How much raw sewage is released into rivers and the sea, and what are the rules?

Water companies in England released unprecedented amounts of raw sewage into the sea and rivers. While firms are allowed to discharge limited sewage during heavy rainfall, there is increasing evidence of “dry spills” that can harm the environment and pose health risks to swimmers.

Scale of Sewage Releases

The volume of sewage spills by water companies into England’s rivers and seas more than doubled in 2023. The Environment Agency reported 3.6 million hours of spills, up from 1.75 million hours in 2022. Water UK, the industry body, acknowledged this as “unacceptable” but attributed the spike to heavy rain and improved data collection. However, the Environment Agency emphasized that increased rainfall does not absolve companies from their legal responsibilities to manage storm overflows.

Causes of Sewage Discharges

The UK’s combined sewerage system carries both rainwater and wastewater in the same pipes, directing them to treatment works. During heavy rain, the system can overflow, discharging excess wastewater into natural water bodies through combined sewer overflows (CSOs). However, evidence indicates that some water companies also spill sewage in dry weather, which is illegal and results in undiluted waste entering waterways. A BBC investigation identified 388 potential “dry spills” in 2022 by Thames, Wessex, and Southern Water.

Government and Industry Responses

In April 2023, the government announced a plan to enhance water quality, proposing unlimited fines for polluters. Penalties from water companies are intended to be reinvested into a new Water Restoration Fund. Then-Environment Secretary Therese Coffey noted the complexity of stopping pollution overnight due to the extensive changes needed in the water system. Water UK has pledged nearly double the current spending to upgrade infrastructure and reduce discharges, which may lead to a £156 annual increase in customer bills.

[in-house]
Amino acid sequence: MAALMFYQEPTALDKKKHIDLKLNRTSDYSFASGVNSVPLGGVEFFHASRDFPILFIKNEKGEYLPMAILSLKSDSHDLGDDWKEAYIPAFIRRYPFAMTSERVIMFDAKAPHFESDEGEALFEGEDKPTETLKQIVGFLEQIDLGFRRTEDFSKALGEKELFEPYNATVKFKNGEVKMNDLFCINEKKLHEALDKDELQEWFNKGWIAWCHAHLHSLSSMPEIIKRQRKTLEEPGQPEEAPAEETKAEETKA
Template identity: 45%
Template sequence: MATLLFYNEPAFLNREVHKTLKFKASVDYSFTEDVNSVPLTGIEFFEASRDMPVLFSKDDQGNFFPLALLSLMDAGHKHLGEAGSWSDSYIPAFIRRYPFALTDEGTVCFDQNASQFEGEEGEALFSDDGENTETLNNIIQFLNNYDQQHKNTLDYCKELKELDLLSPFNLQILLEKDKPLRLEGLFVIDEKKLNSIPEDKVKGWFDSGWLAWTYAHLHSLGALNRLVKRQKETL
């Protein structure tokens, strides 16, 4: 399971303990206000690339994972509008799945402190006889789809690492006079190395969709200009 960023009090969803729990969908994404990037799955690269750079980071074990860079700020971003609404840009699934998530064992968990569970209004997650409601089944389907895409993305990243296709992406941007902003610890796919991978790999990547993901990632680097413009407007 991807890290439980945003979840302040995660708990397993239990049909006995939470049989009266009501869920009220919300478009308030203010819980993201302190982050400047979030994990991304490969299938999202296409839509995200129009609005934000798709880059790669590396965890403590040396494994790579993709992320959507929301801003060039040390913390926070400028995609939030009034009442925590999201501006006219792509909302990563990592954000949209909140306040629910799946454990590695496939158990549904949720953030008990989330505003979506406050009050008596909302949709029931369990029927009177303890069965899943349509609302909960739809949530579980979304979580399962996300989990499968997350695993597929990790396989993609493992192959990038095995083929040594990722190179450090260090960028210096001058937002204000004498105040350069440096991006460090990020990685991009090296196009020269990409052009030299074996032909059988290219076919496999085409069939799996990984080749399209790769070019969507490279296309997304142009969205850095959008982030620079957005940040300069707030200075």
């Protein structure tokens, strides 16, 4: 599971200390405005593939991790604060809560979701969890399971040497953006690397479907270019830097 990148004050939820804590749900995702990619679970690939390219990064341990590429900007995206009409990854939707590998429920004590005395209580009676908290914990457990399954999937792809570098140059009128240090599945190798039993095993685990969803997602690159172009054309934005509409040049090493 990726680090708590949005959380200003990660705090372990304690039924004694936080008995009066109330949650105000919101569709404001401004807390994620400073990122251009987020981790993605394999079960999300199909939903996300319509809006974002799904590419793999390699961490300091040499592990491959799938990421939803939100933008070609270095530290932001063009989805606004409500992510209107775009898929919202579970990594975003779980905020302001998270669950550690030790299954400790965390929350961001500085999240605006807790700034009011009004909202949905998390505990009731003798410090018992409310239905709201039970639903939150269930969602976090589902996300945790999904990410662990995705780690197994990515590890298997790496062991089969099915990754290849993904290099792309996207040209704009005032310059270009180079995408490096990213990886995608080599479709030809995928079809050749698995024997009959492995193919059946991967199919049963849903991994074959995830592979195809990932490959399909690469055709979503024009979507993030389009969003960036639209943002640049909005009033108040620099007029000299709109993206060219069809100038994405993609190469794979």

Health Risks of Polluted Water

In May 2024, UK engineers and scientists warned of the health risks from human faeces in rivers, urging more frequent testing. Exposure to bacteria such as salmonella and E.coli, and viruses like hepatitis A, can cause serious health issues. Additionally, thousands of Devon residents were advised to drink bottled water after their supply was contaminated with the cryptosporidium parasite, potentially due to a faulty valve on private land.

Checking Water Quality

The Environment Agency monitors water quality at bathing sites weekly from May to September and provides daily pollution risk forecasts in some areas. Their website offers searchable water quality data. Campaign group Surfers Against Sewage also provides an interactive map with broader pollution risk warnings.

Overall Water Quality

Routine monitoring of sewage spills has only recently begun, making long-term trends hard to establish. However, overall water quality, including other pollution sources, has been tracked for decades. In May 2023, the Environment Agency reported that 16% of assessed surface waters in England achieved “good” ecological status, with significant disparities across different types of water bodies and regions.

Impact of Brexit on Water Quality

Post-Brexit, three French MEPs requested the European Commission to intervene against UK pollution in the Channel and North Sea, alleging a decline in standards. While the UK’s Environment Act 2021, which replaced EU laws, introduced measures to reduce sewage discharges, it remains to be seen how effective these will be in improving water quality.

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